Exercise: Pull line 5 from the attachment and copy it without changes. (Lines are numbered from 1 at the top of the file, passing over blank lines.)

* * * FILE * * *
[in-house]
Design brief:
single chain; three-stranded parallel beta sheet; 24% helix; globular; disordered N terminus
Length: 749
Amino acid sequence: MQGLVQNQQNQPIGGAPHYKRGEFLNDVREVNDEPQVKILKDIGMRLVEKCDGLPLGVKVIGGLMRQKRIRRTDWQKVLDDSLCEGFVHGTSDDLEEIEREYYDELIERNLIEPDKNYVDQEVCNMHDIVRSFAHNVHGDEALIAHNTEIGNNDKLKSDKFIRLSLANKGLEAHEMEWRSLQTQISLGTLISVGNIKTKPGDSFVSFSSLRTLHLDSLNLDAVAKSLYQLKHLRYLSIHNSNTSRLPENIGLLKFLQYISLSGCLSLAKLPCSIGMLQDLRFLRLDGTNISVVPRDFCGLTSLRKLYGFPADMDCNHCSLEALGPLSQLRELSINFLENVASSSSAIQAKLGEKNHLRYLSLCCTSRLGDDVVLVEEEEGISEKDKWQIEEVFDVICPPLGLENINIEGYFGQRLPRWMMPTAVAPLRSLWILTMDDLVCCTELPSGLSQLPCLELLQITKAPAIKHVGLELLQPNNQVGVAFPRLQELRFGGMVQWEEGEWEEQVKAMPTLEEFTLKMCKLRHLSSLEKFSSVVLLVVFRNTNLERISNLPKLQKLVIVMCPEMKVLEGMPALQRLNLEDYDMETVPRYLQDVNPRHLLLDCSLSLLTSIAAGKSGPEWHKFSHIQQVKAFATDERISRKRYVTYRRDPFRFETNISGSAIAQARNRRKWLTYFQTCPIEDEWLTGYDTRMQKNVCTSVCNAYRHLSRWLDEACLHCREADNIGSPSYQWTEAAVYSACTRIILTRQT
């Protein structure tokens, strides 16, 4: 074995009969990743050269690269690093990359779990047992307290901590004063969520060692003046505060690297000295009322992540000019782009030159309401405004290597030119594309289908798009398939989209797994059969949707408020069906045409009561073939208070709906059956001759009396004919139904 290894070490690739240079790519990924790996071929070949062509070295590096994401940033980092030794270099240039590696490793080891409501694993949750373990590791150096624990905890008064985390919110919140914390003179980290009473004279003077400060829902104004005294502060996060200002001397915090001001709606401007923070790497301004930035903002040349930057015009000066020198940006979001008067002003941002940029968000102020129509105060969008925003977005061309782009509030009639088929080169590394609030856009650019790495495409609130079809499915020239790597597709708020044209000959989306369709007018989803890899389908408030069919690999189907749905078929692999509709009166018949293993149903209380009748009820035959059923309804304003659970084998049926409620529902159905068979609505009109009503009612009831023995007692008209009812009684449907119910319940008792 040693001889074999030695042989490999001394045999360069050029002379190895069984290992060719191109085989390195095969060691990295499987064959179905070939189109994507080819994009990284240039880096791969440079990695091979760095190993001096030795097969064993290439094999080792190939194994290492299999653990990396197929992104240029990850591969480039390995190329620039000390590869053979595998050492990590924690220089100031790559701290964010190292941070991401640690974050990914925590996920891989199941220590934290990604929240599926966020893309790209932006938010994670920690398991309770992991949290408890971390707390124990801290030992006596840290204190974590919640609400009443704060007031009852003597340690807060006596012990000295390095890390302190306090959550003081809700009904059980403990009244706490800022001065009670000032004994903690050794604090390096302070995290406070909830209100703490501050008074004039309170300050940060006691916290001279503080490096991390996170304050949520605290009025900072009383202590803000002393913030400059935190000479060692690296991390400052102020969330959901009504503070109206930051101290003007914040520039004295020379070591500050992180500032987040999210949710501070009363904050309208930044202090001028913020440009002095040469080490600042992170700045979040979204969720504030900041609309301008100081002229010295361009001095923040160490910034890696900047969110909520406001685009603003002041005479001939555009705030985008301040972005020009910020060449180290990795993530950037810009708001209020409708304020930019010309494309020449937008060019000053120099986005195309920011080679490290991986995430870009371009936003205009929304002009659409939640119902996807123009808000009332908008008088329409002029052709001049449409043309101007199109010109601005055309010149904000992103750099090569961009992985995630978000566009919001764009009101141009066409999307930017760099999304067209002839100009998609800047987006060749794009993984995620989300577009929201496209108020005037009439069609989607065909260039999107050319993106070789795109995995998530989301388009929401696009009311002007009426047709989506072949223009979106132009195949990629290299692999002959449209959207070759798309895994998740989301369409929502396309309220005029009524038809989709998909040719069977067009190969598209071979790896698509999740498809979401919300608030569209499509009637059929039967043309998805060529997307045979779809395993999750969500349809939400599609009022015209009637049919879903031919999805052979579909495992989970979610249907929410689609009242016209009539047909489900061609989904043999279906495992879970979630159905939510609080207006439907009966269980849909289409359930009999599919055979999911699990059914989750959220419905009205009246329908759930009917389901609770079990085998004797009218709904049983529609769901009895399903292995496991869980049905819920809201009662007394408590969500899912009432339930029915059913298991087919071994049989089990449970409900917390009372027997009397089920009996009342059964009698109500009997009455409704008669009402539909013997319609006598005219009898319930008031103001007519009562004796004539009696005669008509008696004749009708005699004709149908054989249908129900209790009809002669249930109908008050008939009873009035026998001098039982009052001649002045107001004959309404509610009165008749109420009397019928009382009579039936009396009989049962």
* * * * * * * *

Amino acid sequence: MQGLVQNQQNQPIGGAPHYKRGEFLNDVREVNDEPQVKILKDIGMRLVEKCDGLPLGVKVIGGLMRQKRIRRTDWQKVLDDSLCEGFVHGTSDDLEEIEREYYDELIERNLIEPDKNYVDQEVCNMHDIVRSFAHNVHGDEALIAHNTEIGNNDKLKSDKFIRLSLANKGLEAHEMEWRSLQTQISLGTLISVGNIKTKPGDSFVSFSSLRTLHLDSLNLDAVAKSLYQLKHLRYLSIHNSNTSRLPENIGLLKFLQYISLSGCLSLAKLPCSIGMLQDLRFLRLDGTNISVVPRDFCGLTSLRKLYGFPADMDCNHCSLEALGPLSQLRELSINFLENVASSSSAIQAKLGEKNHLRYLSLCCTSRLGDDVVLVEEEEGISEKDKWQIEEVFDVICPPLGLENINIEGYFGQRLPRWMMPTAVAPLRSLWILTMDDLVCCTELPSGLSQLPCLELLQITKAPAIKHVGLELLQPNNQVGVAFPRLQELRFGGMVQWEEGEWEEQVKAMPTLEEFTLKMCKLRHLSSLEKFSSVVLLVVFRNTNLERISNLPKLQKLVIVMCPEMKVLEGMPALQRLNLEDYDMETVPRYLQDVNPRHLLLDCSLSLLTSIAAGKSGPEWHKFSHIQQVKAFATDERISRKRYVTYRRDPFRFETNISGSAIAQARNRRKWLTYFQTCPIEDEWLTGYDTRMQKNVCTSVCNAYRHLSRWLDEACLHCREADNIGSPSYQWTEAAVYSACTRIILTRQT